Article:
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I added to my original reply because I gave more explanation to my thinking, believing this would be useful. In any case none of this is criticism, and I assure you it was certainly not intended as such. In terms of the value of records and observations, these are just as valuable for widespread species as for rare or declining ones.
Perhaps my frustration at iSpot came through. Last year a record was supposedly confirmed by BWARS on iSpot for a species which is only found on extensive areas of high quality southern heather heathlands, has never been recorded in Essex even in the distant past, and is extraordinarily unlikely to be found in the county today. After being sent more photos by the photographer, one photo clearly showed the wing venation of the expected species, which is widespread in Essex, not the heather heathland one 'confirmed' by iSpot. Accepting this record as a new county record would have done no one any favours.
I think the moral here is that iSpot is very useful, like our own Facebook page, but that it has severe limitations in what can be accepted by accurate recording schemes. As long as everyone recognises this, then there is no problem.
I have no objections to constructive critism and fully agree that records should be correct otherwise there is little point in making them in the first place.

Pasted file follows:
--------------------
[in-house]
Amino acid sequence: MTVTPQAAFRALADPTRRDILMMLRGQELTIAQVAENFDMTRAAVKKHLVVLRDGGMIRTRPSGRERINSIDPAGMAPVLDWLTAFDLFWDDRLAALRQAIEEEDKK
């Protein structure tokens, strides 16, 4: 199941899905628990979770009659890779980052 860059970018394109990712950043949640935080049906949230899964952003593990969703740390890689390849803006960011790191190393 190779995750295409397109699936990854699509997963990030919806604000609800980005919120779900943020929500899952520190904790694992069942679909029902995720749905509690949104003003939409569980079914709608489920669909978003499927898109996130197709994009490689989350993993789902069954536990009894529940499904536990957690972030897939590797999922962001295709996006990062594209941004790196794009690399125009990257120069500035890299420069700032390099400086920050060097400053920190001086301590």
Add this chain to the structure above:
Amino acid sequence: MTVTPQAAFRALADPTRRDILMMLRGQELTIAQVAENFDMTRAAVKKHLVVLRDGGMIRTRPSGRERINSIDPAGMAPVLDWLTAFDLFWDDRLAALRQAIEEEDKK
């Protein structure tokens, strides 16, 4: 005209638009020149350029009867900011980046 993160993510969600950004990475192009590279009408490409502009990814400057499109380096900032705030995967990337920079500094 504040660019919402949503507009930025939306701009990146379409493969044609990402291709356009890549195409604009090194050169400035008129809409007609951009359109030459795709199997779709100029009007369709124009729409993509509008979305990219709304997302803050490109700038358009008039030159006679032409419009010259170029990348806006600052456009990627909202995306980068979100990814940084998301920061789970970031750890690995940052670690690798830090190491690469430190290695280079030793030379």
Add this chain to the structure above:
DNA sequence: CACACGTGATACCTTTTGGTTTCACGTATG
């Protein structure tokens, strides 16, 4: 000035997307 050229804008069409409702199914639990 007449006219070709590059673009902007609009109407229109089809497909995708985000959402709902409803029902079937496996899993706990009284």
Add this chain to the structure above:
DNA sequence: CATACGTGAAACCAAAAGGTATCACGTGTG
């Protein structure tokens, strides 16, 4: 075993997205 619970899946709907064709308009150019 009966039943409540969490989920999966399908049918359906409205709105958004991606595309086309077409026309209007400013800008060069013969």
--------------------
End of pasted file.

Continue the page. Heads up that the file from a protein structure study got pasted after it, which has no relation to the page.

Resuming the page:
It was the way the criticism was presented in the first place, and you obviously had second thoughts about that or you would not have changed your log.
All I have done is explain why I think the iSpot confirmation you had is wrong and that your photos did not show Bombus ruderarius, but instead male lapidarius. Do you not think I should not comment and express my specialist opinion? This is also what iSpot is for surely. The result otherwise is that an incorrect record gets added to a county and national database for a potentially important species.
Dear Mr Harvey,
I note that your first reply to my entry regarding the sighting of Bombus ruderarius has been completely re written.
I have deleted that entry as a result. I feel that the coments made were quite unnesesary.
Requests for information from ordinary everyday observers are frequently being made by the "experts" who then seem to reject them out of hand.
I dont think that I can bring myself to report further sightings, however important, as this is not the first time I have been made to feel uncomfortable by comments made.
I think there is no doubt at all that your photos are of a male Bombus lapidarius. The two pale stripes of hairs on the thorax are just visible, and with the form of the hind tibia both indicate a male. The orange / red hind tibial hair character only holds good for queens and workers. The colour of the pale bands is extremely variable and these bleach as they age. Your BWARS iSpot confirmation is wrong.